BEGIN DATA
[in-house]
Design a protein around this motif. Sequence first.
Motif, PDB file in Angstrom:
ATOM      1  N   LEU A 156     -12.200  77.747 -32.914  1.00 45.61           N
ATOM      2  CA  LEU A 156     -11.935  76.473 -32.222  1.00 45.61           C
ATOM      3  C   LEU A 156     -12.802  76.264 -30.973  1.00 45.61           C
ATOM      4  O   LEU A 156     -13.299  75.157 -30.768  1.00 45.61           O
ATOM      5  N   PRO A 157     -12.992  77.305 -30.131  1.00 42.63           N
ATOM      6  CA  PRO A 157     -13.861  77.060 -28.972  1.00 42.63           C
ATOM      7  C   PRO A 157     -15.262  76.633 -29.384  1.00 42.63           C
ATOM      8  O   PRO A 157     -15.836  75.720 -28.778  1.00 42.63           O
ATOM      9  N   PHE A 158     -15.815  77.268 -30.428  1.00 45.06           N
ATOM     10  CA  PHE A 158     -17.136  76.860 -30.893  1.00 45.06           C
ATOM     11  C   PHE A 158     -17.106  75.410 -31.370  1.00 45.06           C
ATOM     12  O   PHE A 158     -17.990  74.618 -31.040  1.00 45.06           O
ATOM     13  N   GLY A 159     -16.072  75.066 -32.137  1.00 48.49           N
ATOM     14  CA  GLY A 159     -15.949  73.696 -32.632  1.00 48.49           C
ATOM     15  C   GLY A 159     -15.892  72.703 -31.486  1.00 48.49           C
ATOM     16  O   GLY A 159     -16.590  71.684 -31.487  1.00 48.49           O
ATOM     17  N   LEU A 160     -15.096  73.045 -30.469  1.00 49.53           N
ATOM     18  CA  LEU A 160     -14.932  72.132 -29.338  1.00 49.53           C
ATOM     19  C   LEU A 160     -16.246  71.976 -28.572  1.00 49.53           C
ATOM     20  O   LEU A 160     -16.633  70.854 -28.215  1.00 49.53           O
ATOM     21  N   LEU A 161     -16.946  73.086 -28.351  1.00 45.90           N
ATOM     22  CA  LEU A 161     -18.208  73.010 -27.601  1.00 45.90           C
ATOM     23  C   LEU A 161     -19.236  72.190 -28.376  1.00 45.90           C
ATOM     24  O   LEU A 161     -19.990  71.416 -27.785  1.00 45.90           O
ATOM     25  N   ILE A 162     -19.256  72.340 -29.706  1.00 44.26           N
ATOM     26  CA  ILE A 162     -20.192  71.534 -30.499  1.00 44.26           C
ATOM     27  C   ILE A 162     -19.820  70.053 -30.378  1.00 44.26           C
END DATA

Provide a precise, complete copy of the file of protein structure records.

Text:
[in-house]
Design a protein around this motif. Sequence first.
Motif, PDB file in Angstrom:
ATOM      1  N   LEU A 156     -12.200  77.747 -32.914  1.00 45.61           N
ATOM      2  CA  LEU A 156     -11.935  76.473 -32.222  1.00 45.61           C
ATOM      3  C   LEU A 156     -12.802  76.264 -30.973  1.00 45.61           C
ATOM      4  O   LEU A 156     -13.299  75.157 -30.768  1.00 45.61           O
ATOM      5  N   PRO A 157     -12.992  77.305 -30.131  1.00 42.63           N
ATOM      6  CA  PRO A 157     -13.861  77.060 -28.972  1.00 42.63           C
ATOM      7  C   PRO A 157     -15.262  76.633 -29.384  1.00 42.63           C
ATOM      8  O   PRO A 157     -15.836  75.720 -28.778  1.00 42.63           O
ATOM      9  N   PHE A 158     -15.815  77.268 -30.428  1.00 45.06           N
ATOM     10  CA  PHE A 158     -17.136  76.860 -30.893  1.00 45.06           C
ATOM     11  C   PHE A 158     -17.106  75.410 -31.370  1.00 45.06           C
ATOM     12  O   PHE A 158     -17.990  74.618 -31.040  1.00 45.06           O
ATOM     13  N   GLY A 159     -16.072  75.066 -32.137  1.00 48.49           N
ATOM     14  CA  GLY A 159     -15.949  73.696 -32.632  1.00 48.49           C
ATOM     15  C   GLY A 159     -15.892  72.703 -31.486  1.00 48.49           C
ATOM     16  O   GLY A 159     -16.590  71.684 -31.487  1.00 48.49           O
ATOM     17  N   LEU A 160     -15.096  73.045 -30.469  1.00 49.53           N
ATOM     18  CA  LEU A 160     -14.932  72.132 -29.338  1.00 49.53           C
ATOM     19  C   LEU A 160     -16.246  71.976 -28.572  1.00 49.53           C
ATOM     20  O   LEU A 160     -16.633  70.854 -28.215  1.00 49.53           O
ATOM     21  N   LEU A 161     -16.946  73.086 -28.351  1.00 45.90           N
ATOM     22  CA  LEU A 161     -18.208  73.010 -27.601  1.00 45.90           C
ATOM     23  C   LEU A 161     -19.236  72.190 -28.376  1.00 45.90           C
ATOM     24  O   LEU A 161     -19.990  71.416 -27.785  1.00 45.90           O
ATOM     25  N   ILE A 162     -19.256  72.340 -29.706  1.00 44.26           N
ATOM     26  CA  ILE A 162     -20.192  71.534 -30.499  1.00 44.26           C
ATOM     27  C   ILE A 162     -19.820  70.053 -30.378  1.00 44.26           C